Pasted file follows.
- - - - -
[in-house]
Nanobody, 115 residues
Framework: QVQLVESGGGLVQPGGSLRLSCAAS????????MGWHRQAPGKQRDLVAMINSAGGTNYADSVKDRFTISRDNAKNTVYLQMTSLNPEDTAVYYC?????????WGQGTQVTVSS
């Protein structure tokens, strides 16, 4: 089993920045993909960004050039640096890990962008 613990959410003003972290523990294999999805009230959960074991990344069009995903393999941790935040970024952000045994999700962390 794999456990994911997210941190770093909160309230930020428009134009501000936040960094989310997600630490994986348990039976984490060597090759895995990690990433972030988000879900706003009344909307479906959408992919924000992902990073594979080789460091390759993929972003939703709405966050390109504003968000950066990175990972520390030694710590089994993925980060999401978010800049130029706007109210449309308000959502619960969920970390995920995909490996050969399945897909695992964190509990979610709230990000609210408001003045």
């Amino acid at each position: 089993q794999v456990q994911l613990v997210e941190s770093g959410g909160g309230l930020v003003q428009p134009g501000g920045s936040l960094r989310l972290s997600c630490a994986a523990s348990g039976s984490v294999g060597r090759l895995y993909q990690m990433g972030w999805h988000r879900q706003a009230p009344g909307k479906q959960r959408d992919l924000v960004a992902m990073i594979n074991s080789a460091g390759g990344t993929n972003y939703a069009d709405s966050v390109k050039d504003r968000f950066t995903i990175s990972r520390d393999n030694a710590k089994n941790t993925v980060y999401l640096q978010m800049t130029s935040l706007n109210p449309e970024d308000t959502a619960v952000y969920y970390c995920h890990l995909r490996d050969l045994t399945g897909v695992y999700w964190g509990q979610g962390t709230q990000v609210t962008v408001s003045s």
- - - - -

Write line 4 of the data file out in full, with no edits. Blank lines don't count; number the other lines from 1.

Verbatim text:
């Protein structure tokens, strides 16, 4: 089993920045993909960004050039640096890990962008 613990959410003003972290523990294999999805009230959960074991990344069009995903393999941790935040970024952000045994999700962390 794999456990994911997210941190770093909160309230930020428009134009501000936040960094989310997600630490994986348990039976984490060597090759895995990690990433972030988000879900706003009344909307479906959408992919924000992902990073594979080789460091390759993929972003939703709405966050390109504003968000950066990175990972520390030694710590089994993925980060999401978010800049130029706007109210449309308000959502619960969920970390995920995909490996050969399945897909695992964190509990979610709230990000609210408001003045």